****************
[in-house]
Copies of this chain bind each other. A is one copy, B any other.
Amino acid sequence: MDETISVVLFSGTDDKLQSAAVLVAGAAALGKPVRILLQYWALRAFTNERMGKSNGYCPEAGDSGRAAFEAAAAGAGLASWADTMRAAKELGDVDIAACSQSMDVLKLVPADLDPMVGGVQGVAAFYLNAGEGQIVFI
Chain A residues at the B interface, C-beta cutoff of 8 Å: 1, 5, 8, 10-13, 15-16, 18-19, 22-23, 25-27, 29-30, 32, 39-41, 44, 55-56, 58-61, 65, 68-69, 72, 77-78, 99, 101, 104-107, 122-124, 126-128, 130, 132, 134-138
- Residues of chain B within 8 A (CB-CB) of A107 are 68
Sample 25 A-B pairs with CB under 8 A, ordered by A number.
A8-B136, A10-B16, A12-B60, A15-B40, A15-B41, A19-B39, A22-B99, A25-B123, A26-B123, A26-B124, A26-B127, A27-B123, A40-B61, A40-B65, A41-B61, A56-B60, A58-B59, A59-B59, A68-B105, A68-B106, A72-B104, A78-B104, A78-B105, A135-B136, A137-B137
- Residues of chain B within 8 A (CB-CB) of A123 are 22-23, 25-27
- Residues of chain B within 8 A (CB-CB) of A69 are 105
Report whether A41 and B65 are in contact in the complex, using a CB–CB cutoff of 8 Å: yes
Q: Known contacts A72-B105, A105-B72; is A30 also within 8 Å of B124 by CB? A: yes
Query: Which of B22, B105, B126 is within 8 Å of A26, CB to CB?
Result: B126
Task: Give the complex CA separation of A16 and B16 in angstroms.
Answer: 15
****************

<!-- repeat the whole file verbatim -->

[in-house]
Copies of this chain bind each other. A is one copy, B any other.
Amino acid sequence: MDETISVVLFSGTDDKLQSAAVLVAGAAALGKPVRILLQYWALRAFTNERMGKSNGYCPEAGDSGRAAFEAAAAGAGLASWADTMRAAKELGDVDIAACSQSMDVLKLVPADLDPMVGGVQGVAAFYLNAGEGQIVFI
Chain A residues at the B interface, C-beta cutoff of 8 Å: 1, 5, 8, 10-13, 15-16, 18-19, 22-23, 25-27, 29-30, 32, 39-41, 44, 55-56, 58-61, 65, 68-69, 72, 77-78, 99, 101, 104-107, 122-124, 126-128, 130, 132, 134-138
- Residues of chain B within 8 A (CB-CB) of A107 are 68
Sample 25 A-B pairs with CB under 8 A, ordered by A number.
A8-B136, A10-B16, A12-B60, A15-B40, A15-B41, A19-B39, A22-B99, A25-B123, A26-B123, A26-B124, A26-B127, A27-B123, A40-B61, A40-B65, A41-B61, A56-B60, A58-B59, A59-B59, A68-B105, A68-B106, A72-B104, A78-B104, A78-B105, A135-B136, A137-B137
- Residues of chain B within 8 A (CB-CB) of A123 are 22-23, 25-27
- Residues of chain B within 8 A (CB-CB) of A69 are 105
Report whether A41 and B65 are in contact in the complex, using a CB–CB cutoff of 8 Å: yes
Q: Known contacts A72-B105, A105-B72; is A30 also within 8 Å of B124 by CB? A: yes
Query: Which of B22, B105, B126 is within 8 Å of A26, CB to CB?
Result: B126
Task: Give the complex CA separation of A16 and B16 in angstroms.
Answer: 15